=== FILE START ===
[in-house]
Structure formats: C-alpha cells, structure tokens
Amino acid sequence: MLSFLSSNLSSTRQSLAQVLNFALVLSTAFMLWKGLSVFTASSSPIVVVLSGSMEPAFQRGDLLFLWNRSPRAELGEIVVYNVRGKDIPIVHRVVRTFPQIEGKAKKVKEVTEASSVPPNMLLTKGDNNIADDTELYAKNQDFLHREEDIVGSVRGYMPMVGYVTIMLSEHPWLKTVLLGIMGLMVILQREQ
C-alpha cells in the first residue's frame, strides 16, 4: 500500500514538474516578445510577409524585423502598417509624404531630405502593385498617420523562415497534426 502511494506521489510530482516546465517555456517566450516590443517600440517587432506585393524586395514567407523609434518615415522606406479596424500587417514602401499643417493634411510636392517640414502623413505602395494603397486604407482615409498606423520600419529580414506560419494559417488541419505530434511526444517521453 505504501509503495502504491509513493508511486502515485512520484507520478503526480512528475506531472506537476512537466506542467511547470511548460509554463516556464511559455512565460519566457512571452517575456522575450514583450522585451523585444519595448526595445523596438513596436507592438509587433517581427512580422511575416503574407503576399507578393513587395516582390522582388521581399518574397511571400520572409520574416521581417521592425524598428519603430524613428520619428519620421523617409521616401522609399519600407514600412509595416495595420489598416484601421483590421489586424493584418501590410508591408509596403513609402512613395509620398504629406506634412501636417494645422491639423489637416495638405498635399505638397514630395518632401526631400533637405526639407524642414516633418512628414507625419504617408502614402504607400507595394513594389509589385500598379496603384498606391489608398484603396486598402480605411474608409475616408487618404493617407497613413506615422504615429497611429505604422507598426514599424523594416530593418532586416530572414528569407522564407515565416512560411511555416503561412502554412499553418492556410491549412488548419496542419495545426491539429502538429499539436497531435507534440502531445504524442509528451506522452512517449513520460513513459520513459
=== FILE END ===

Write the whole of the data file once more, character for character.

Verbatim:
[in-house]
Structure formats: C-alpha cells, structure tokens
Amino acid sequence: MLSFLSSNLSSTRQSLAQVLNFALVLSTAFMLWKGLSVFTASSSPIVVVLSGSMEPAFQRGDLLFLWNRSPRAELGEIVVYNVRGKDIPIVHRVVRTFPQIEGKAKKVKEVTEASSVPPNMLLTKGDNNIADDTELYAKNQDFLHREEDIVGSVRGYMPMVGYVTIMLSEHPWLKTVLLGIMGLMVILQREQ
C-alpha cells in the first residue's frame, strides 16, 4: 500500500514538474516578445510577409524585423502598417509624404531630405502593385498617420523562415497534426 502511494506521489510530482516546465517555456517566450516590443517600440517587432506585393524586395514567407523609434518615415522606406479596424500587417514602401499643417493634411510636392517640414502623413505602395494603397486604407482615409498606423520600419529580414506560419494559417488541419505530434511526444517521453 505504501509503495502504491509513493508511486502515485512520484507520478503526480512528475506531472506537476512537466506542467511547470511548460509554463516556464511559455512565460519566457512571452517575456522575450514583450522585451523585444519595448526595445523596438513596436507592438509587433517581427512580422511575416503574407503576399507578393513587395516582390522582388521581399518574397511571400520572409520574416521581417521592425524598428519603430524613428520619428519620421523617409521616401522609399519600407514600412509595416495595420489598416484601421483590421489586424493584418501590410508591408509596403513609402512613395509620398504629406506634412501636417494645422491639423489637416495638405498635399505638397514630395518632401526631400533637405526639407524642414516633418512628414507625419504617408502614402504607400507595394513594389509589385500598379496603384498606391489608398484603396486598402480605411474608409475616408487618404493617407497613413506615422504615429497611429505604422507598426514599424523594416530593418532586416530572414528569407522564407515565416512560411511555416503561412502554412499553418492556410491549412488548419496542419495545426491539429502538429499539436497531435507534440502531445504524442509528451506522452512517449513520460513513459520513459